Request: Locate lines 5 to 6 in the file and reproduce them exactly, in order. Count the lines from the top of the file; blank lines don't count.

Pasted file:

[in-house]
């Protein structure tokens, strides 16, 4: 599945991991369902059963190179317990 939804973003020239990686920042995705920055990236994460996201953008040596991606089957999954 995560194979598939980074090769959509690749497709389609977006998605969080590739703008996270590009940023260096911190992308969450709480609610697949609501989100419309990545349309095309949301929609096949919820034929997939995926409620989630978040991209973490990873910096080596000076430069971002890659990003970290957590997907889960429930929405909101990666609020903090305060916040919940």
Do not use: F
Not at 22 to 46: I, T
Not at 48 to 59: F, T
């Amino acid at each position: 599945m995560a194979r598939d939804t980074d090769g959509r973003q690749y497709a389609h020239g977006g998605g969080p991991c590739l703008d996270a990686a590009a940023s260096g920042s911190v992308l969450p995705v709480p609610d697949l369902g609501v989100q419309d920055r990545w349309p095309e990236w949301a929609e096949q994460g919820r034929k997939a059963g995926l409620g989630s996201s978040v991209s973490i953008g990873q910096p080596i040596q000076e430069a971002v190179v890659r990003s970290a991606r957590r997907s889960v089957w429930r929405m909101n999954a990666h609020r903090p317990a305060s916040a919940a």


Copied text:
Not at 48 to 59: F, T
């Amino acid at each position: 599945m995560a194979r598939d939804t980074d090769g959509r973003q690749y497709a389609h020239g977006g998605g969080p991991c590739l703008d996270a990686a590009a940023s260096g920042s911190v992308l969450p995705v709480p609610d697949l369902g609501v989100q419309d920055r990545w349309p095309e990236w949301a929609e096949q994460g919820r034929k997939a059963g995926l409620g989630s996201s978040v991209s973490i953008g990873q910096p080596i040596q000076e430069a971002v190179v890659r990003s970290a991606r957590r997907s889960v089957w429930r929405m909101n999954a990666h609020r903090p317990a305060s916040a919940a």